Code Implementation

An overview for how disruption tests are implemented, the core logic that makes use of the historical data, and how to go about adding a new tests.

Overview

To measure our ability to provide upgrades to OCP clusters with minimal downtime the Disruption Testing framework monitors select backends and records disruptions in the backend service availability. This document serves as an overview of the framework used to provide disruption testing and how to configure new disruption tests when needed

Matcher Code Implementation

Now that we have a better understanding of how the disruption test data is generated and updated, let’s discuss how the code makes use of it.

Best Matcher

The origin/pkg/synthetictests/allowedbackenddisruption/query_results.json file that we updated previously is embedded into the openshift-tests binary. At runtime, we ingest the raw data and create a historicaldata.NewMatcher() object which implements the BestMatcher interface.

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//go:embed query_results.json
var queryResults []byte

var (
	readResults    sync.Once
	historicalData historicaldata.BestMatcher
)

const defaultReturn = 2.718

func getCurrentResults() historicaldata.BestMatcher {
	readResults.Do(
		func() {
			var err error
			genericBytes := bytes.ReplaceAll(queryResults, []byte(`    "BackendName": "`), []byte(`    "Name": "`))
			historicalData, err = historicaldata.NewMatcher(genericBytes, defaultReturn)
			if err != nil {
				panic(err)
			}
		})

	return historicalData
}

Best Guesser

The core logic of the current best matcher will check if we have an exact match in the historical data. An exact match is one that contains the same Backend Name and JobType. When we don’t have an exact match, we make a best guess effort by doing a fuzzy match for data we don’t have. Fuzzy matching is done by iterating through all the nextBestGuessers and stopping at the first match that fits our criteria and checking if it’s contained in the data set.

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	exactMatchKey := DataKey{
		Name:    name,
		JobType: jobType,
	}

	if percentiles, ok := b.historicalData[exactMatchKey]; ok {
		return percentiles, "", nil
	}

	for _, nextBestGuesser := range nextBestGuessers {
		nextBestJobType, ok := nextBestGuesser(jobType)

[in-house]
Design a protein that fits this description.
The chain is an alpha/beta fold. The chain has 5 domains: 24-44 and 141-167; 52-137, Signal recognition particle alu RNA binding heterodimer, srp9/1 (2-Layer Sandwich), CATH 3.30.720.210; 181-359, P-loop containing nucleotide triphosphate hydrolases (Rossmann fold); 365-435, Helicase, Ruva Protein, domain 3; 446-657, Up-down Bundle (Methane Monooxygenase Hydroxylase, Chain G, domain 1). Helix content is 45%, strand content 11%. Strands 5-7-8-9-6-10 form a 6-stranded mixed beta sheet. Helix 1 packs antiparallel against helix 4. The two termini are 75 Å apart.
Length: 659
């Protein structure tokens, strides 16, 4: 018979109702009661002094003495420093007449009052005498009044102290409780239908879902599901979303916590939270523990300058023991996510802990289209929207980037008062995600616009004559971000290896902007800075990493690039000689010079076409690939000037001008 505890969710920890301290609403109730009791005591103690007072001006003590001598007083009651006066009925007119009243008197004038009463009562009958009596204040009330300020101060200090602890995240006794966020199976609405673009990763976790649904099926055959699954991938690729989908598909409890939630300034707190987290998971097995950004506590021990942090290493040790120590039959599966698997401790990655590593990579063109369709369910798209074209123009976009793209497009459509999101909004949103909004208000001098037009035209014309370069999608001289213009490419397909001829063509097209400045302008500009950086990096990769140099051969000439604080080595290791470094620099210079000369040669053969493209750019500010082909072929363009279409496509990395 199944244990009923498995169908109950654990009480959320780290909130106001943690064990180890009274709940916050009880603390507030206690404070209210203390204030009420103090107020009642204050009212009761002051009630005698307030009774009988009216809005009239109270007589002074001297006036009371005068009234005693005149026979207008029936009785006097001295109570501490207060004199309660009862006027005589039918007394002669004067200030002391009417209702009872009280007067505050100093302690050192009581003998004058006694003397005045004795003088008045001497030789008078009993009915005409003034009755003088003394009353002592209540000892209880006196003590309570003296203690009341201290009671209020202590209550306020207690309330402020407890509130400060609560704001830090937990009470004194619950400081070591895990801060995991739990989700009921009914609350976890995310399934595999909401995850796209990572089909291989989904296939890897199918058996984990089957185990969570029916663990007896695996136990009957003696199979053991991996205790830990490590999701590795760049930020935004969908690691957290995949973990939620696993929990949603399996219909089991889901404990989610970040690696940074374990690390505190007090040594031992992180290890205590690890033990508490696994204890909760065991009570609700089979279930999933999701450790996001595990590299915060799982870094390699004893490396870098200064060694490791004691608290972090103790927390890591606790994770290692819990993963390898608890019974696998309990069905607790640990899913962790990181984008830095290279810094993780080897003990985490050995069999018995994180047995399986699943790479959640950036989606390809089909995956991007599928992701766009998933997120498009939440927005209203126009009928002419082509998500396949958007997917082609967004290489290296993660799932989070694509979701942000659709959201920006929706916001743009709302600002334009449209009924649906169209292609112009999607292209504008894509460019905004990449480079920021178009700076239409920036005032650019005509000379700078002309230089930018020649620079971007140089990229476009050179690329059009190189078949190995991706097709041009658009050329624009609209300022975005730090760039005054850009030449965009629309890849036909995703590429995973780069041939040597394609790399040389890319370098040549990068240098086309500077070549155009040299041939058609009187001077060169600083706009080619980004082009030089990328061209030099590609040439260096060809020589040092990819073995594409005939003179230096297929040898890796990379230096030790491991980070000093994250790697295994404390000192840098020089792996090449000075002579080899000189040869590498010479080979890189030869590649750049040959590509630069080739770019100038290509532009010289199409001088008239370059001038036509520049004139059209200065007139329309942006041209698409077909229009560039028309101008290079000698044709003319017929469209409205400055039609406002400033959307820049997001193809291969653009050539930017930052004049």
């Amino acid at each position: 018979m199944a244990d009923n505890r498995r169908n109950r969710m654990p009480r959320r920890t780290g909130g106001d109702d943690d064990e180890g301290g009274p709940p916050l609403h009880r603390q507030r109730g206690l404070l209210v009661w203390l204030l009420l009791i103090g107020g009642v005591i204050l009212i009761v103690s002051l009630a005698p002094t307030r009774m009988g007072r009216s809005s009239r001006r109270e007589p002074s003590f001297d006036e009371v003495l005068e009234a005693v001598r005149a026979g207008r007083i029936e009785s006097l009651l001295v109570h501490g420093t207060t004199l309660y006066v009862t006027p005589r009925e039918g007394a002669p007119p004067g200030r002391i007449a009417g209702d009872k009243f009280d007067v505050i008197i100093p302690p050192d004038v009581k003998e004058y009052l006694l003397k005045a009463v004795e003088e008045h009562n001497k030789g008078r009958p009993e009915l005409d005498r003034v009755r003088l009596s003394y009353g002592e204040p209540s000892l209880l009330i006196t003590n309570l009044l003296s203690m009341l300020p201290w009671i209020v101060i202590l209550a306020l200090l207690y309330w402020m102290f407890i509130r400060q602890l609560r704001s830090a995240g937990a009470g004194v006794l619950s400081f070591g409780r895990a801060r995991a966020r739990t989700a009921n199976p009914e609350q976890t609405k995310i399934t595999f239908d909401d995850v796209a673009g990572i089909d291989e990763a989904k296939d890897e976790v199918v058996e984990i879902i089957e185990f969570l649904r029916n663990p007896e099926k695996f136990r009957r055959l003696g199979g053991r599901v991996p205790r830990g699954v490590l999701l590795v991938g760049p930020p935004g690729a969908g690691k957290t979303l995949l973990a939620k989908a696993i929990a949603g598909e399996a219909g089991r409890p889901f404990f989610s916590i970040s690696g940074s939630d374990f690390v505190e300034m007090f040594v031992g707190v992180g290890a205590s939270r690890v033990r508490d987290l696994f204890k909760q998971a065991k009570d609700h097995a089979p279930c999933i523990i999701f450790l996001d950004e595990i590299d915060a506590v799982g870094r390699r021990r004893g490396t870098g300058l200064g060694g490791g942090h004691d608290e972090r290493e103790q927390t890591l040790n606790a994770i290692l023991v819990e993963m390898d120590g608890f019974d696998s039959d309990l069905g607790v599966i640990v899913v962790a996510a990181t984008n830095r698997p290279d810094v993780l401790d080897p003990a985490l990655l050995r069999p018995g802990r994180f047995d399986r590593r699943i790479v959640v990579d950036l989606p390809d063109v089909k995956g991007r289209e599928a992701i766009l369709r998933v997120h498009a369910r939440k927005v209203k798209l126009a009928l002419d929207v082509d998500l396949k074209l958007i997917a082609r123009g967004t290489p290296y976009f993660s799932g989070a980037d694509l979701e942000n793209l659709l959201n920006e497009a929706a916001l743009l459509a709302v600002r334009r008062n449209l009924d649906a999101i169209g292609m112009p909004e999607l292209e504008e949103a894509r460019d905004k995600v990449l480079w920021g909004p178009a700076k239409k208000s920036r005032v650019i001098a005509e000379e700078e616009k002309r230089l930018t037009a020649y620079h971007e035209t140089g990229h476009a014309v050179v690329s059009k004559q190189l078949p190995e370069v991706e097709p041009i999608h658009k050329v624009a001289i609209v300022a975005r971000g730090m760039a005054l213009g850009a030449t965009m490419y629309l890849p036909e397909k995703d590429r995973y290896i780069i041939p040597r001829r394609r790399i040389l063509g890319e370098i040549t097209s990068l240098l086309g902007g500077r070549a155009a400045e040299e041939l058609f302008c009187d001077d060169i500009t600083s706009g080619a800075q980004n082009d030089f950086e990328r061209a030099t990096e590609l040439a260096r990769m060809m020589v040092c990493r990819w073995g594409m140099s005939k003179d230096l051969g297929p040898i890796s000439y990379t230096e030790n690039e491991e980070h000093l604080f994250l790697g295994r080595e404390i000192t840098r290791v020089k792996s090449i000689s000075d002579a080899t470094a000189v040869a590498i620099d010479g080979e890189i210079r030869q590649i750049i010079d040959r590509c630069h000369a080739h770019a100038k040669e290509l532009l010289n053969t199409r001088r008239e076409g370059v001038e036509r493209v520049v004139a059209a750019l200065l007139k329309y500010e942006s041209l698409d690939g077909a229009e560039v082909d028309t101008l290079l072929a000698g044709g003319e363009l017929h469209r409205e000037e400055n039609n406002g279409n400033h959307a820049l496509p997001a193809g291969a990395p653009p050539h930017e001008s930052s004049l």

if !ok {
			continue
		}
		nextBestMatchKey := DataKey{
			Name:    name,
			JobType: nextBestJobType,
		}
		if percentiles, ok := b.historicalData[nextBestMatchKey]; ok {
			return percentiles, fmt.Sprintf("(no exact match for %#v, fell back to %#v)", exactMatchKey, nextBestMatchKey), nil
		}
	}

Default Next Best Guessers

Next Best Guessers are functions that can be chained together and will return either a true or false if the current JobType matches the desired logic. In the code snippet below, we check if MicroReleaseUpgrade matches the current JobType, if false, we continue down the list. The combine helper function gives you the option to chain and compose a more sophisticated check. In the example below, if we can do a PreviousReleaseUpgrade the result of that will be fed into MicroReleaseUpgrade and if no function returns false during this chain, we have successfully fuzzy matched and can now check the historical data has information for this match.

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var nextBestGuessers = []NextBestKey{
	MicroReleaseUpgrade,
	PreviousReleaseUpgrade,
    ...
	combine(PreviousReleaseUpgrade, MicroReleaseUpgrade),
    ...
}
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// PreviousReleaseUpgrade if we don't have data for the current toRelease, perhaps we have data for the congruent test
// on the prior release.   A 4.11 to 4.11 upgrade will attempt a 4.10 to 4.10 upgrade.  A 4.11 no upgrade, will attempt a 4.10 no upgrade.
func PreviousReleaseUpgrade(in platformidentification.JobType) (platformidentification.JobType, bool) {
	toReleaseMajor := getMajor(in.Release)
	toReleaseMinor := getMinor(in.Release)

	ret := platformidentification.CloneJobType(in)